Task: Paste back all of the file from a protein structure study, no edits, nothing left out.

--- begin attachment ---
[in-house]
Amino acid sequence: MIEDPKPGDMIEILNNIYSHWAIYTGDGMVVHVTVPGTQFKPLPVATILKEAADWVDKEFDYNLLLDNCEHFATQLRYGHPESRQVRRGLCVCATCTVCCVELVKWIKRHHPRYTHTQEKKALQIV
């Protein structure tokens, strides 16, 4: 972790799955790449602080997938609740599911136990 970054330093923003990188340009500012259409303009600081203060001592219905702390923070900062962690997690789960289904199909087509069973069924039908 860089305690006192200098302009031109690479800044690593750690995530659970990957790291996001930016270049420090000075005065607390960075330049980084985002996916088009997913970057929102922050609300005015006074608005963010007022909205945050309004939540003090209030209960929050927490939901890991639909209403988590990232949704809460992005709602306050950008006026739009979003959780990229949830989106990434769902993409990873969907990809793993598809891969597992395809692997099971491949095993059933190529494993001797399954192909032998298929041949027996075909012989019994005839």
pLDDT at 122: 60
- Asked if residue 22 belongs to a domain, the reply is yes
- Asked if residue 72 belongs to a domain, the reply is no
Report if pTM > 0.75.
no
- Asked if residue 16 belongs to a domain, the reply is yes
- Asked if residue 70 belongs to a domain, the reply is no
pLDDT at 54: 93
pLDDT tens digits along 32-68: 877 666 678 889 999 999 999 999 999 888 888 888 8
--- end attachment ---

[in-house]
Amino acid sequence: MIEDPKPGDMIEILNNIYSHWAIYTGDGMVVHVTVPGTQFKPLPVATILKEAADWVDKEFDYNLLLDNCEHFATQLRYGHPESRQVRRGLCVCATCTVCCVELVKWIKRHHPRYTHTQEKKALQIV
């Protein structure tokens, strides 16, 4: 972790799955790449602080997938609740599911136990 970054330093923003990188340009500012259409303009600081203060001592219905702390923070900062962690997690789960289904199909087509069973069924039908 860089305690006192200098302009031109690479800044690593750690995530659970990957790291996001930016270049420090000075005065607390960075330049980084985002996916088009997913970057929102922050609300005015006074608005963010007022909205945050309004939540003090209030209960929050927490939901890991639909209403988590990232949704809460992005709602306050950008006026739009979003959780990229949830989106990434769902993409990873969907990809793993598809891969597992395809692997099971491949095993059933190529494993001797399954192909032998298929041949027996075909012989019994005839």
pLDDT at 122: 60
- Asked if residue 22 belongs to a domain, the reply is yes
- Asked if residue 72 belongs to a domain, the reply is no
Report if pTM > 0.75.
no
- Asked if residue 16 belongs to a domain, the reply is yes
- Asked if residue 70 belongs to a domain, the reply is no
pLDDT at 54: 93
pLDDT tens digits along 32-68: 877 666 678 889 999 999 999 999 999 888 888 888 8